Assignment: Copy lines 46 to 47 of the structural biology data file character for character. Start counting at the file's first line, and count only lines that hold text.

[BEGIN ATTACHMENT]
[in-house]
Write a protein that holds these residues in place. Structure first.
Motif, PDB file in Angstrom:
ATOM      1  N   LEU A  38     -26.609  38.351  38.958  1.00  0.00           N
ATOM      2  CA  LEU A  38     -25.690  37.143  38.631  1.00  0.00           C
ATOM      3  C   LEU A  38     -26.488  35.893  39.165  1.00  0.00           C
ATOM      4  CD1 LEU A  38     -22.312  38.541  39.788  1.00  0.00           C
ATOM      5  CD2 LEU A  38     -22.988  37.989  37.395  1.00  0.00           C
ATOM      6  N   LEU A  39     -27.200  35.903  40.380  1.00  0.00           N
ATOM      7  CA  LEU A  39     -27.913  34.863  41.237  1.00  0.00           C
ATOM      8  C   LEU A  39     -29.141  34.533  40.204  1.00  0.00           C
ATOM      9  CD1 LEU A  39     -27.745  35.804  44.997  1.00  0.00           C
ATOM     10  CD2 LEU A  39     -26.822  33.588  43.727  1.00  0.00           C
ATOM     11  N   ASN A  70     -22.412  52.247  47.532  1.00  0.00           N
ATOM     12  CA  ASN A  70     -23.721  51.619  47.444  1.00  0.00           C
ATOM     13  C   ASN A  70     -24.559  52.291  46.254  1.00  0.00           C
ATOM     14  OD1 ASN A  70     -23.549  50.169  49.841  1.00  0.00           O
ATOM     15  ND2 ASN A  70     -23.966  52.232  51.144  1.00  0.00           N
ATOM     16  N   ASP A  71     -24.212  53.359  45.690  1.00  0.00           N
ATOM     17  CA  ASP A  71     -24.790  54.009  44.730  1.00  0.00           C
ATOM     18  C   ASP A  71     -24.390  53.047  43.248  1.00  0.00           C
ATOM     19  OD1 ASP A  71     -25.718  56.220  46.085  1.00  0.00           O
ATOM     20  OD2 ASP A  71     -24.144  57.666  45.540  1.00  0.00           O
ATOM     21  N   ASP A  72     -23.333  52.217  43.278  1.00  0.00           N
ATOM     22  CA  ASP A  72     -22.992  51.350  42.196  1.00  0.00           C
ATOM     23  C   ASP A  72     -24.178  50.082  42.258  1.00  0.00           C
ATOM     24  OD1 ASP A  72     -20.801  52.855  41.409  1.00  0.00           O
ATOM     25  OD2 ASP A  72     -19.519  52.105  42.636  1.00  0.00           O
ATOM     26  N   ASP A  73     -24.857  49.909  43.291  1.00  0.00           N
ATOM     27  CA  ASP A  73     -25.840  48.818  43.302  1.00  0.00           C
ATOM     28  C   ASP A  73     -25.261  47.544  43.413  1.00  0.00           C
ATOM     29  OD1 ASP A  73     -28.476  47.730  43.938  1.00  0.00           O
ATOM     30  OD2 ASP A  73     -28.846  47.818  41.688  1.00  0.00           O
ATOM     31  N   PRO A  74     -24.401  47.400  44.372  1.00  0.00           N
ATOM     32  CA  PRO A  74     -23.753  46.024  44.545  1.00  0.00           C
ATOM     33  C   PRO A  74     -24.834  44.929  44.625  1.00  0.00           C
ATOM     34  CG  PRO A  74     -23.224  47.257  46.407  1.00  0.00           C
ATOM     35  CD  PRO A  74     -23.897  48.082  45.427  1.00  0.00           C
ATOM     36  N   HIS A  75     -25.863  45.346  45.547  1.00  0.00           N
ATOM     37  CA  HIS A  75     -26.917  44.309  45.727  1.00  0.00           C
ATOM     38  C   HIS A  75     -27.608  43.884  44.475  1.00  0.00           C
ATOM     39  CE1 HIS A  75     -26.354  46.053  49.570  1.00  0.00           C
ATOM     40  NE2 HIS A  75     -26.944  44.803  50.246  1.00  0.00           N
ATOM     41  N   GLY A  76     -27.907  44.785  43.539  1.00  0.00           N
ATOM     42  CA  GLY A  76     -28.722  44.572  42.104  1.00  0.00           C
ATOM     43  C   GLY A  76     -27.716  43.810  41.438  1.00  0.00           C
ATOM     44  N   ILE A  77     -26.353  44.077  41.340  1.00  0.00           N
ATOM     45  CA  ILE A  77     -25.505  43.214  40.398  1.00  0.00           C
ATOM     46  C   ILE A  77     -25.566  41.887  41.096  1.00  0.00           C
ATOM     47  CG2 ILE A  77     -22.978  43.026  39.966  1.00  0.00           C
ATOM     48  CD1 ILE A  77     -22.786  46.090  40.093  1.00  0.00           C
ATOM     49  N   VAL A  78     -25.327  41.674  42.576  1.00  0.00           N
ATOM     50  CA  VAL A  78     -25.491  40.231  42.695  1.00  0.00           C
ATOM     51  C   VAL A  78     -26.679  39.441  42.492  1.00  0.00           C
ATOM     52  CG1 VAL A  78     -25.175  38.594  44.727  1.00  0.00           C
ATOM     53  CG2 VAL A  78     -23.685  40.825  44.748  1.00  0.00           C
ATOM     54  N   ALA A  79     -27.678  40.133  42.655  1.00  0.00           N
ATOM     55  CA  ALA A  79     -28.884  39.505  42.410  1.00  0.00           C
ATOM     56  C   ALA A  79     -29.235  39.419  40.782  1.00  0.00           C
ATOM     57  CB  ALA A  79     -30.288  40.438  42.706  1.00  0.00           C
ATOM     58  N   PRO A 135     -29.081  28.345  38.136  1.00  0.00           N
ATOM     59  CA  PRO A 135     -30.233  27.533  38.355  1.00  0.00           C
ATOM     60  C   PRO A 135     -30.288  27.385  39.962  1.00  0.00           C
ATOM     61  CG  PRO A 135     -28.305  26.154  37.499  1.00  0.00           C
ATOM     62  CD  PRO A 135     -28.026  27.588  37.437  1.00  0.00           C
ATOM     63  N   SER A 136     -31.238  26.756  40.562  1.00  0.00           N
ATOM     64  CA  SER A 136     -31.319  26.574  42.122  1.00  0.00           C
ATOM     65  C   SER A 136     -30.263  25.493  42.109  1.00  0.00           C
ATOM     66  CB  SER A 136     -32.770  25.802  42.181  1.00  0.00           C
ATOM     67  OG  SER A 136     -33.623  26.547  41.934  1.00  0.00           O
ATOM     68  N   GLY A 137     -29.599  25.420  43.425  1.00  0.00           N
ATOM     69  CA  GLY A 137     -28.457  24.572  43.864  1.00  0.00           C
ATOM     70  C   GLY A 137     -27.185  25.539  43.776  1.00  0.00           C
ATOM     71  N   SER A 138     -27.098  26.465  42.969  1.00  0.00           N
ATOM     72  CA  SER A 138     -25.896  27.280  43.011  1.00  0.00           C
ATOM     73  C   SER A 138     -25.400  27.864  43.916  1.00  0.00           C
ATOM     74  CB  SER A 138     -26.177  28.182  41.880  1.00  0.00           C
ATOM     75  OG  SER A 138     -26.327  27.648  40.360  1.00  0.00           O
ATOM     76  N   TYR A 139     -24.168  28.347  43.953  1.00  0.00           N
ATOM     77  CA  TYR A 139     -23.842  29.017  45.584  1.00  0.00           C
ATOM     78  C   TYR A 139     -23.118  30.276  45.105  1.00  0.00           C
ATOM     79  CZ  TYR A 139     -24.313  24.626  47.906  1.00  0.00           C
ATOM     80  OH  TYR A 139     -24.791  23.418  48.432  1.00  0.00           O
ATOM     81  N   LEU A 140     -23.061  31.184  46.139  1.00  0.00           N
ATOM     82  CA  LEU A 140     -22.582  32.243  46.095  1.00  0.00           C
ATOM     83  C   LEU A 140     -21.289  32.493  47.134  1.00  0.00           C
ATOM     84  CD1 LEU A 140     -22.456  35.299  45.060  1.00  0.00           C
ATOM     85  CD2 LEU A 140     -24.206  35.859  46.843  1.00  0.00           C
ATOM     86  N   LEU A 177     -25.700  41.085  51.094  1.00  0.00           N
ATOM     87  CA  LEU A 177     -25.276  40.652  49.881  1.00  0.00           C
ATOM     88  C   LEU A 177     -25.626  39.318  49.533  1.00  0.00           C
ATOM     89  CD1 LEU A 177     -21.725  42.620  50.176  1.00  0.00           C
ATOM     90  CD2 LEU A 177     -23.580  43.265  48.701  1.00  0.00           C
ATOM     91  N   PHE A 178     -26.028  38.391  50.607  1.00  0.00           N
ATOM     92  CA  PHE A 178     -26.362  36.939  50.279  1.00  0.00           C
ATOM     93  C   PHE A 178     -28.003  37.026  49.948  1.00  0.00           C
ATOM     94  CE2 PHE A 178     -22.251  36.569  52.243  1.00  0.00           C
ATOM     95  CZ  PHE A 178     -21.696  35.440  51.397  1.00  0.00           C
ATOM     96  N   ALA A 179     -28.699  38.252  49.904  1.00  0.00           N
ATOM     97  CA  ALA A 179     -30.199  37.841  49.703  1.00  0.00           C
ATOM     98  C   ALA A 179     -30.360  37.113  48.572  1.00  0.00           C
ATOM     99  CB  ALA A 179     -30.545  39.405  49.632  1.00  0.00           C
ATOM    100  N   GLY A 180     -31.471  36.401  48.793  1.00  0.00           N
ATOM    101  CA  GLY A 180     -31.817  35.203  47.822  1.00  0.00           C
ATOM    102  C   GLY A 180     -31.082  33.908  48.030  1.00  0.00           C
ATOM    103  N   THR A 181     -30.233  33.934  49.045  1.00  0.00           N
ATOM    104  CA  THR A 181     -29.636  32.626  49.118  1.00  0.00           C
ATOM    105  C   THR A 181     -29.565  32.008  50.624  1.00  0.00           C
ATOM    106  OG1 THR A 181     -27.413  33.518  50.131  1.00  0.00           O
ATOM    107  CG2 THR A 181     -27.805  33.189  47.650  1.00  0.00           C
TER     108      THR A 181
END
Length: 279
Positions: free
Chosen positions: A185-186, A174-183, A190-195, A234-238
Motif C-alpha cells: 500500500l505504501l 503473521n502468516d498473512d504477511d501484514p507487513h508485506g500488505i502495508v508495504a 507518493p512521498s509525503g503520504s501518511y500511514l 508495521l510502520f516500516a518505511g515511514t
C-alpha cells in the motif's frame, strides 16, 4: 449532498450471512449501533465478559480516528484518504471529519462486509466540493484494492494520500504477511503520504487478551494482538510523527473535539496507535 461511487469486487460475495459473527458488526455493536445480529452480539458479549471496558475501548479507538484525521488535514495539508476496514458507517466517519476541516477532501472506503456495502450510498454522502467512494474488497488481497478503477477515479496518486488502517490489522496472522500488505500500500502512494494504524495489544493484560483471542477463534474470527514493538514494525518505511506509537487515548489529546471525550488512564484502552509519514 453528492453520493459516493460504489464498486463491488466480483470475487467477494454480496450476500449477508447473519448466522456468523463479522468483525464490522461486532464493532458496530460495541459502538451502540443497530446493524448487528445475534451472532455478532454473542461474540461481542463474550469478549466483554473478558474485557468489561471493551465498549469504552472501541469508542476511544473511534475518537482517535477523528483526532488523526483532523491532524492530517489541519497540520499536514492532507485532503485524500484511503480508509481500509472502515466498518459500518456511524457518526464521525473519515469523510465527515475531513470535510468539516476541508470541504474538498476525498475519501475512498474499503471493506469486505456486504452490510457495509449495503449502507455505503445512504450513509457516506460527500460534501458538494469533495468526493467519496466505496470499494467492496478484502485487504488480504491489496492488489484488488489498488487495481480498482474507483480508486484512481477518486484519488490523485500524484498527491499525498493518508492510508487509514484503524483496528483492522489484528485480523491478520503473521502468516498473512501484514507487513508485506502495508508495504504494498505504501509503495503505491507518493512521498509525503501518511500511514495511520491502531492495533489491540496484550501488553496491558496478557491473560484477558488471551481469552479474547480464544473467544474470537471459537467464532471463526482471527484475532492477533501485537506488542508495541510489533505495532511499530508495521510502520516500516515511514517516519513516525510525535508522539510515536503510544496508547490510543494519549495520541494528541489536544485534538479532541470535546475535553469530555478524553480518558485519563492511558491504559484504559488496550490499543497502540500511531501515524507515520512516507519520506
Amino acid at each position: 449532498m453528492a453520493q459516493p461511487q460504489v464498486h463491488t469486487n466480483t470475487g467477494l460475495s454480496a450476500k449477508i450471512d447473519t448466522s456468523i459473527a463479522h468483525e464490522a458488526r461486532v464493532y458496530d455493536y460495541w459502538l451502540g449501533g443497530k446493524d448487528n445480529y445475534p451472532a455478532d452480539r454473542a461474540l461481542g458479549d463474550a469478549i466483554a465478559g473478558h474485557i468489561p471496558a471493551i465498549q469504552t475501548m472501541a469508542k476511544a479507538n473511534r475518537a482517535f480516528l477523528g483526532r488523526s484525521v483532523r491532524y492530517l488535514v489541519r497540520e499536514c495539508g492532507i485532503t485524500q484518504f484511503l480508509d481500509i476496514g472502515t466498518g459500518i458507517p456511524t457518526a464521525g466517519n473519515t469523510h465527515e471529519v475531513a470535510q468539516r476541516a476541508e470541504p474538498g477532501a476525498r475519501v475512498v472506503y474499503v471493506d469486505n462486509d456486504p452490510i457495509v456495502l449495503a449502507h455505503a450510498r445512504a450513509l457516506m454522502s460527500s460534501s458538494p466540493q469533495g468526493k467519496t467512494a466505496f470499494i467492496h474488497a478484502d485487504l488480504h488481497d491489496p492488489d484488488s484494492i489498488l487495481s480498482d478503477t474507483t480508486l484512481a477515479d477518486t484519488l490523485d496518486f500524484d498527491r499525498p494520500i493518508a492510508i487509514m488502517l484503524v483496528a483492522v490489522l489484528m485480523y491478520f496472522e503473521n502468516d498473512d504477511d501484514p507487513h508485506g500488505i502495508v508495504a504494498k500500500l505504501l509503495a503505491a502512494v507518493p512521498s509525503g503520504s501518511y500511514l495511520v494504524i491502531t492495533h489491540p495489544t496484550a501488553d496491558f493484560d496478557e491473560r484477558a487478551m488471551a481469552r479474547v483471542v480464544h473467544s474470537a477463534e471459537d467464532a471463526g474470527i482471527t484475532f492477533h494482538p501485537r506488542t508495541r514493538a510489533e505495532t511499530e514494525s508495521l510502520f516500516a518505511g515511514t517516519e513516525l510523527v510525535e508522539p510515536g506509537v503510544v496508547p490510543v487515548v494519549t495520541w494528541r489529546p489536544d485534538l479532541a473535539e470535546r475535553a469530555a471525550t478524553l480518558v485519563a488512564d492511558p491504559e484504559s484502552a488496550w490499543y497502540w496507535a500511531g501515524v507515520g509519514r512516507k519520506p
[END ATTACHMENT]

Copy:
ATOM     43  C   GLY A  76     -27.716  43.810  41.438  1.00  0.00           C
ATOM     44  N   ILE A  77     -26.353  44.077  41.340  1.00  0.00           N